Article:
Amelia Island, a dagger-shaped, 52-square-mile isle just south of the Georgia border, isn’t quite as well known as other seaside destinations in Florida. On Amelia, low-key days are spent on beach chairs or boats (sailing the Atlantic, kayaking the Intracoastal Waterway), and nights involve simple pleasures like mini golf, peel-and-eat shrimp, and ice cream sundaes. The vibe is a little preppy, with a whiff of Southern gentility underscored by the Spanish moss draped across the old-growth tress.
The first requirement for an Amelia Island getaway: a rental car. Fortunately, the rental cars desks at Jacksonville International are located right in the terminal by baggage claim, and the lots are just outside.
Depending on traffic, the ride to Amelia is 30 to 45 minutes from Jacksonville and fairly direct. Before you know it, you’ll be pulling into the valet lane at the Omni Amelia Island Plantation Resort (rooms from $219). Buttercup-yellow and latticed with balconies, the resort’s main building looks like a stack of sugar wafers. Clusters of condos fan out from the core; beyond, clearings in the thick, green palmetto forest hide privately owned homes, where retirees welcome visiting grandkids.
Depending on when you check in, golfers may be milling about, waiting for black SUVs to whisk them to one of three on-property courses, or a pastel-clad wedding party could be kicking off their weekend festivities. The resort averages four weddings per weekend, and surveying the 1,350-acre property, it’s easy to see why. On the natural beauty side, there are wide, empty, white-sand beaches, otherworldly marshlands, and semitropical woodlands that feel like they could be inhabited by storybook characters. On the man-made beauty side, Omni invested over $85 million into renovating the entire resort with elegant design choices, from the driftwood chandelier lighting up the lobby to the gossamer drapes in the spacious tan-and-blue rooms. Oh, and speaking of rooms, each one has an ocean view.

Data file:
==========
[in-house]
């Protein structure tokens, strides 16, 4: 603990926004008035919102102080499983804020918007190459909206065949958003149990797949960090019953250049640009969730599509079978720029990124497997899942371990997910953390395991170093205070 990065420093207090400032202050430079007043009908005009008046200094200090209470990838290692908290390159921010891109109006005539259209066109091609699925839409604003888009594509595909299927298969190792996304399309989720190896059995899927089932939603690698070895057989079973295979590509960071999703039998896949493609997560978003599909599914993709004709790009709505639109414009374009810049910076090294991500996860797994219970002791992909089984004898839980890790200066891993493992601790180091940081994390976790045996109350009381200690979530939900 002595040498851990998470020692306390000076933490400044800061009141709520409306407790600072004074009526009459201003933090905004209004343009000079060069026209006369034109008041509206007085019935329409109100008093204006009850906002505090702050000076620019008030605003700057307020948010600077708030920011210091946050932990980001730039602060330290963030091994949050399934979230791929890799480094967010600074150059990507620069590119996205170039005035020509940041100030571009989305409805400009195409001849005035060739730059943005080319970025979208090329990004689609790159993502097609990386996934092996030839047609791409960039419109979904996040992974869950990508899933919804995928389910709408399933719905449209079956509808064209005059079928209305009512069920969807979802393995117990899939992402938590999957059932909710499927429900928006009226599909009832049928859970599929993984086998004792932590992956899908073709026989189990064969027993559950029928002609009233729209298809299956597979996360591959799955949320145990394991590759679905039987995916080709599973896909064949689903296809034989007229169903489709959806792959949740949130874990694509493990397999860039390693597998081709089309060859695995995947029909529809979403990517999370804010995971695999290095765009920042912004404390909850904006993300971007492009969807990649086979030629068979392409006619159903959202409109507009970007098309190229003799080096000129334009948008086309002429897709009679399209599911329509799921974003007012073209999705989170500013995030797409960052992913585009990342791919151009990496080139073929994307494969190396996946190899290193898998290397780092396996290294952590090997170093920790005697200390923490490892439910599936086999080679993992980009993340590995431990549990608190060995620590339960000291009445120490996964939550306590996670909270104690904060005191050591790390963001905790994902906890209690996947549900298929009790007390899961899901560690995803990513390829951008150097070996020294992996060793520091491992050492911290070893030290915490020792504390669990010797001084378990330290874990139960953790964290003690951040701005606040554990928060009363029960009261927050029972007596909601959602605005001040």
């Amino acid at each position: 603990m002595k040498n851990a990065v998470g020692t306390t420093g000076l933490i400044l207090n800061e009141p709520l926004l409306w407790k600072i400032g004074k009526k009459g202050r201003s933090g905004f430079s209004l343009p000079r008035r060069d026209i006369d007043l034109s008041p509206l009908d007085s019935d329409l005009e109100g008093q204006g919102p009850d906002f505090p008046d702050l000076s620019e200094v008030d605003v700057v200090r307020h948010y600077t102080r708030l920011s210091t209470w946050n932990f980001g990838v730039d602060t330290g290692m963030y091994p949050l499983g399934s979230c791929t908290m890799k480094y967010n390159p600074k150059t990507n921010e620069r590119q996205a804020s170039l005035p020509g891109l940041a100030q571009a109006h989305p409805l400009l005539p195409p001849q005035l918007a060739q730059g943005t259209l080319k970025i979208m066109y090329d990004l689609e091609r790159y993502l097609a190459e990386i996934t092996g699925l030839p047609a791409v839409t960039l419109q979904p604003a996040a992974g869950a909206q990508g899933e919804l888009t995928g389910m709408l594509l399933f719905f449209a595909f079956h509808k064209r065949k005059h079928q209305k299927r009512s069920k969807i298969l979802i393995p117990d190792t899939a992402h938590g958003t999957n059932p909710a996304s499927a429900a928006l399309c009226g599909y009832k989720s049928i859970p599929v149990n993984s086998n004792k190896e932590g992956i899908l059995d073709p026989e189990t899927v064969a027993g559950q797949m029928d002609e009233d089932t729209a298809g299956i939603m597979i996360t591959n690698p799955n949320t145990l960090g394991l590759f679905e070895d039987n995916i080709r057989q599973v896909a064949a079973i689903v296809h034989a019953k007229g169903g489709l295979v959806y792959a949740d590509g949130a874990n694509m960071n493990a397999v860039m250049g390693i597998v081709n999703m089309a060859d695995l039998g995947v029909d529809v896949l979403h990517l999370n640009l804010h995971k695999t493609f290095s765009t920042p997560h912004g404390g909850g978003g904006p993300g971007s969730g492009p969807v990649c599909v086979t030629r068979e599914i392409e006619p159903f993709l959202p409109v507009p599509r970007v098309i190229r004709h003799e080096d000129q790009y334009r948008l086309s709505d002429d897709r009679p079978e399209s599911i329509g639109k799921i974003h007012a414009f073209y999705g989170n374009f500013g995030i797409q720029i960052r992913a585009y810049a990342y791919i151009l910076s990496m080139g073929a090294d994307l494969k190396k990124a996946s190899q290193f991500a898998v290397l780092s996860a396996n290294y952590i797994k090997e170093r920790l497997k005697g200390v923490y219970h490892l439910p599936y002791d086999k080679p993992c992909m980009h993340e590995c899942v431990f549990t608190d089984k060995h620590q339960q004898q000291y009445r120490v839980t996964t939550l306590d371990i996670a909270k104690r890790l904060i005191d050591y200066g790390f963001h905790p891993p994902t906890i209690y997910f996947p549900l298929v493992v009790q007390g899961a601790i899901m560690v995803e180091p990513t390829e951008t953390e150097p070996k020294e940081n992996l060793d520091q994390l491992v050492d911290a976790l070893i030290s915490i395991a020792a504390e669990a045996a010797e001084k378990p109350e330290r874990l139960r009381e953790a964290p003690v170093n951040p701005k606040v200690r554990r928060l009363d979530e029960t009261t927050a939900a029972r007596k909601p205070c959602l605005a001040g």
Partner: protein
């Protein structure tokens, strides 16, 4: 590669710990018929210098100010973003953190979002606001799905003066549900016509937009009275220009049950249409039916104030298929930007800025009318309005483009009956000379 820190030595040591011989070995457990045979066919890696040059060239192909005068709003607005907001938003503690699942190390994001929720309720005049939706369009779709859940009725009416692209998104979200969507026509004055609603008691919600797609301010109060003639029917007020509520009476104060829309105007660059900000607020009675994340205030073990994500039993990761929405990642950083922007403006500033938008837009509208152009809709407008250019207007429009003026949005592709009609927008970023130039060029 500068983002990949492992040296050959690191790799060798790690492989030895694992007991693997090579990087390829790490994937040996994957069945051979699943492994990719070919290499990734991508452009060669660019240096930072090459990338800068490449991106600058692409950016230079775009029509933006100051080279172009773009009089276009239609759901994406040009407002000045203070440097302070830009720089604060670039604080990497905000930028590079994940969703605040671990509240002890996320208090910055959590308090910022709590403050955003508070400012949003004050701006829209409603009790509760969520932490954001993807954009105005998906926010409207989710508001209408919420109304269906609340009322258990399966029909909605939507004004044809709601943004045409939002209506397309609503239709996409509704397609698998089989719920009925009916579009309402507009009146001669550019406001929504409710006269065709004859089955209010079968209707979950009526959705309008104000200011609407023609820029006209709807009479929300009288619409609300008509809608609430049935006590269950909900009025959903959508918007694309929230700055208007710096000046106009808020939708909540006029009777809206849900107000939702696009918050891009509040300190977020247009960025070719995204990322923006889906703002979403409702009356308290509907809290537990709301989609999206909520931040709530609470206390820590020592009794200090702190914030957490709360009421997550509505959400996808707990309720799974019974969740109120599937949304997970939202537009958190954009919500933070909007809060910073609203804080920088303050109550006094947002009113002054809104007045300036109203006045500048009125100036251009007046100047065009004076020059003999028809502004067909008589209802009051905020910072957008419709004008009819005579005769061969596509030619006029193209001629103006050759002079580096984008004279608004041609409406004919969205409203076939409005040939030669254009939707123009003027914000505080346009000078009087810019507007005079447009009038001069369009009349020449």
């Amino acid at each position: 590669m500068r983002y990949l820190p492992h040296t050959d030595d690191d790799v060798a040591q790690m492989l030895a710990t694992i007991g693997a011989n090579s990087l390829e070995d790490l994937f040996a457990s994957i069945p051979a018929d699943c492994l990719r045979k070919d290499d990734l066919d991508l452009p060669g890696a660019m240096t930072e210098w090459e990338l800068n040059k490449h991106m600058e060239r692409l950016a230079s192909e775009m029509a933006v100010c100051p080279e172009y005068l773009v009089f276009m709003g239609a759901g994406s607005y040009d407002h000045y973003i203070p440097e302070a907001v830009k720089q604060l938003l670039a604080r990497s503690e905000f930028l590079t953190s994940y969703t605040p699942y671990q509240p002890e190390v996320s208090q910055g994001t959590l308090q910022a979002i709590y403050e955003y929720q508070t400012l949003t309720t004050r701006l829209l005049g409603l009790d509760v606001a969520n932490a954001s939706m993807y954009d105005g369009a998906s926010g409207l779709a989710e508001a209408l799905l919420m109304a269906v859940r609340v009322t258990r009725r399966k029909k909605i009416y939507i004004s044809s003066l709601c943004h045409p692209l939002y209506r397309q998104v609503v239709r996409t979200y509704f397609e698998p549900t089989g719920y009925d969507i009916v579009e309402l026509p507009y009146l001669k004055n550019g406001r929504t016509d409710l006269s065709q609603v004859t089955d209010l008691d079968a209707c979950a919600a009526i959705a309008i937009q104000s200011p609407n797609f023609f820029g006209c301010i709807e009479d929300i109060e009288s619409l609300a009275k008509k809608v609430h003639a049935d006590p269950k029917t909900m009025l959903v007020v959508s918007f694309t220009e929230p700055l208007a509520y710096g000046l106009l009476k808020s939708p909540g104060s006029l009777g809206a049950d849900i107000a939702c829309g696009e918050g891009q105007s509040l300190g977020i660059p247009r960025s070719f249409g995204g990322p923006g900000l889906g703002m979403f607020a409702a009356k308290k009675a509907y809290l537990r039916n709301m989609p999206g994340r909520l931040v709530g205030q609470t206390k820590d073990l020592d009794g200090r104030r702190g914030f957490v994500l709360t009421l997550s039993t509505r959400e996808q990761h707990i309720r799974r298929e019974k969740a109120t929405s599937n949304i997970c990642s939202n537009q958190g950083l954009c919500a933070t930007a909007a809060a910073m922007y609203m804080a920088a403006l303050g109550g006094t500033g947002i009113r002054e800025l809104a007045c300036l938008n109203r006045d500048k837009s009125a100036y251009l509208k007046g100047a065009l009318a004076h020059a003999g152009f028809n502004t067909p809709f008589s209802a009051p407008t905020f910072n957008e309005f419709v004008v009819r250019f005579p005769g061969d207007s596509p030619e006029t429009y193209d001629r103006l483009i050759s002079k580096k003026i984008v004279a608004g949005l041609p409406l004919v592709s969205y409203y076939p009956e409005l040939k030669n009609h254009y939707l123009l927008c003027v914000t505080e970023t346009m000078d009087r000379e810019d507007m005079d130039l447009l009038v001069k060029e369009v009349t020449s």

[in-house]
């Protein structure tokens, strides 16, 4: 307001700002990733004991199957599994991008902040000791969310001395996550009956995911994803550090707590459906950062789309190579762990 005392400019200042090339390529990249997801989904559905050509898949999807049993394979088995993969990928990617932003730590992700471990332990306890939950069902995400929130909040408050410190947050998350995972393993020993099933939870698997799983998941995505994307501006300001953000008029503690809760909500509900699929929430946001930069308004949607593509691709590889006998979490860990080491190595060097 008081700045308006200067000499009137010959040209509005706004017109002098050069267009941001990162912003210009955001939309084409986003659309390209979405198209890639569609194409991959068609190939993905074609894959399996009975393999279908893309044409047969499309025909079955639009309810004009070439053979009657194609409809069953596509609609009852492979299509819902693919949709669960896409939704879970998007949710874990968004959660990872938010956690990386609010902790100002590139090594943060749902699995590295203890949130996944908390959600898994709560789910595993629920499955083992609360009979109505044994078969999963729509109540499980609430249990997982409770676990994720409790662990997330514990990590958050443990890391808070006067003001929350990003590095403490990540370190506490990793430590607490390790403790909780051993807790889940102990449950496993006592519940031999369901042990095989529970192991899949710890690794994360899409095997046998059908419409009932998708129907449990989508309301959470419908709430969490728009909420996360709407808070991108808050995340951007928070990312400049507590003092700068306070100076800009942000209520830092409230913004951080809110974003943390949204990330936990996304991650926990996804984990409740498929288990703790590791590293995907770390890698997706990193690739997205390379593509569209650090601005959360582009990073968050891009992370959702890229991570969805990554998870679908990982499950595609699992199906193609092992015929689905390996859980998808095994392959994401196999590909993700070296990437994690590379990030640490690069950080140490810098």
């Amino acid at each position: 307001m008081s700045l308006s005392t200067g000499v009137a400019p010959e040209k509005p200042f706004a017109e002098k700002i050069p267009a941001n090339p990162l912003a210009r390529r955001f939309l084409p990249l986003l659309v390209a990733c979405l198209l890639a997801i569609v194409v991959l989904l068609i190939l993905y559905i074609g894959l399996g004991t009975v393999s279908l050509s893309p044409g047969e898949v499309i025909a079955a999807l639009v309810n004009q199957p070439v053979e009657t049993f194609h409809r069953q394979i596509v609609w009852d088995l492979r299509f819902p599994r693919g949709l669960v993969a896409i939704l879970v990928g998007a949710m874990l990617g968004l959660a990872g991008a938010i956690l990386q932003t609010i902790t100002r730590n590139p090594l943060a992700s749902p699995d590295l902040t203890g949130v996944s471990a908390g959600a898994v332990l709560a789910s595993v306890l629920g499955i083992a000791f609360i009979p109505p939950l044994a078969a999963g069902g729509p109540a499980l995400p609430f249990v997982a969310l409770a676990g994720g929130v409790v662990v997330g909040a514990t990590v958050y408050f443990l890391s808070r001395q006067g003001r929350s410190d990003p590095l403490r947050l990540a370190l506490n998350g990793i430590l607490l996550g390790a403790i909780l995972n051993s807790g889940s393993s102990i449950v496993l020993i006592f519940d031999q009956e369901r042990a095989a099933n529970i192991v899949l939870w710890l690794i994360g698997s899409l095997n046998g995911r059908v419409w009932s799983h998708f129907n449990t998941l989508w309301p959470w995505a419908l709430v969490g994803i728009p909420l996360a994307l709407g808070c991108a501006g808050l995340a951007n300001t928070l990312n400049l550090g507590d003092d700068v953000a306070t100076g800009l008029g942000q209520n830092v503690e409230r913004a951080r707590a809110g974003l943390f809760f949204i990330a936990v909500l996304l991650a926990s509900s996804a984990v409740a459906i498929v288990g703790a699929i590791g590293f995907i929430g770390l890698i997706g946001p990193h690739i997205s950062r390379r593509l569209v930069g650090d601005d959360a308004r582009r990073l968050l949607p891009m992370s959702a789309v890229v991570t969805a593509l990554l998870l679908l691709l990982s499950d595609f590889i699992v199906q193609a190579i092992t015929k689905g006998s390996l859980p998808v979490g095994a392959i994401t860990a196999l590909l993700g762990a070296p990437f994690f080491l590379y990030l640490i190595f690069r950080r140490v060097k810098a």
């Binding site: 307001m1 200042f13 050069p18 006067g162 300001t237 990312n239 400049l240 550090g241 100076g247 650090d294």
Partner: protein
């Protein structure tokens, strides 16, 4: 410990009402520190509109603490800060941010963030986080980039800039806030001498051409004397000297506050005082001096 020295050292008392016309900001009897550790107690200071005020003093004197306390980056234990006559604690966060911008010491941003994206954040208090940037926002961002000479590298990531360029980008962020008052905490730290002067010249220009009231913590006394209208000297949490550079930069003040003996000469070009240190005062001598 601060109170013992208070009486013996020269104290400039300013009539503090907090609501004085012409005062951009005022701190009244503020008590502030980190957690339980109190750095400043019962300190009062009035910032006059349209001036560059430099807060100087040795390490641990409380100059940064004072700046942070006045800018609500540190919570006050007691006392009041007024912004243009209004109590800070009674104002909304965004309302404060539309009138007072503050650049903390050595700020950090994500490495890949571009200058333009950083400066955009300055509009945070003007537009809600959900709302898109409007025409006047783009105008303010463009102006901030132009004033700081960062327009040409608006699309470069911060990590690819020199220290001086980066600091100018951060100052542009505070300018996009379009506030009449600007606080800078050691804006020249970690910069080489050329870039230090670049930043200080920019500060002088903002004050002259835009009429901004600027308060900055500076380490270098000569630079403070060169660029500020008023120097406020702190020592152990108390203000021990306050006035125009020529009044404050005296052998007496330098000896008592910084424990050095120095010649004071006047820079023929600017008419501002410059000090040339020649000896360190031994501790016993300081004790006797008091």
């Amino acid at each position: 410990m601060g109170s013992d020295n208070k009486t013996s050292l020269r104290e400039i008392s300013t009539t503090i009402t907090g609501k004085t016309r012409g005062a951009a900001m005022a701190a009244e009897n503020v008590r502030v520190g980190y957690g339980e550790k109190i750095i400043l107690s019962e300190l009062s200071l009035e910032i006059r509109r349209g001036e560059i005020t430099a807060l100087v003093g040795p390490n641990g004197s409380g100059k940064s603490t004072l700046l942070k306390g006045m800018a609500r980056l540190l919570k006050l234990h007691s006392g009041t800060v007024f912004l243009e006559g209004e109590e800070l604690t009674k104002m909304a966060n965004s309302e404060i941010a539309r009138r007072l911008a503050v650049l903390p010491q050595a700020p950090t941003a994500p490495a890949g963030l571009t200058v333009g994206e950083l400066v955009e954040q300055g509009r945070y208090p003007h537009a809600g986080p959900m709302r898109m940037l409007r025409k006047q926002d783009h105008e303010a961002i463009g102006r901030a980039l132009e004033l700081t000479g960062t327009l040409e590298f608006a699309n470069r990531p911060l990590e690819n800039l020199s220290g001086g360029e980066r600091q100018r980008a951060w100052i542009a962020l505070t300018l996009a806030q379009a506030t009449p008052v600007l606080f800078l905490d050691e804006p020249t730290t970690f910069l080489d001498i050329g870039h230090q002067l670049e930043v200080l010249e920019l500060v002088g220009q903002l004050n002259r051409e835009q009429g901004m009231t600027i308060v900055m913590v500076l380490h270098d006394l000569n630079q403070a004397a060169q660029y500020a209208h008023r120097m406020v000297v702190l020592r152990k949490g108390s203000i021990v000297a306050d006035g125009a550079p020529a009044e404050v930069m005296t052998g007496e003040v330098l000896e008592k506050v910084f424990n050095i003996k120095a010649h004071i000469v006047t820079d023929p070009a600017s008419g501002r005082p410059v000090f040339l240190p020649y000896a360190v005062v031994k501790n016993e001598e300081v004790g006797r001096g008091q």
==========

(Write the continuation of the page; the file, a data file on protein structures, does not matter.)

After settling in, head down to the double-decker pool (one is adults only) to catch some sun before slightly-earlier-than-usual happy hour.
Dinner is a 10-minute drive from the resort at Gilbert's Underground Kitchen (average main $20), an island newcomer from chef Kenny Gilbert, competitor on Season 7 of Top Chef. The menu features Southern dishes (drop biscuits, fried catfish treated like Nashville hot chicken) and meats smoked on the barbecue; go with the sampler, which includes everything from lamb shoulder to gator ribs. After dinner, go for a scoop of gelato at Marché Burette, the Omni's on-site gourmet deli, and end your first night with 18 holes at Heron’s Cove Adventure Golf ($10).
After breakfast at the hotel, head out on a complimentary tour of the Sprouting Project, started by the Omni’s head chef, who turned an old flower greenhouse into an aquaponic system that feeds 720 lettuces, greens, and herbs that make their way into dishes throughout the resort. Outside, there are orchards of kaffir lime, nectarine, Meyer lemon, a pepper patch whose firebombs factor into the house-made mango hot sauce, a root cellar where Negronis and strawberry-violet vinegar age in barrels, and 28 beehives.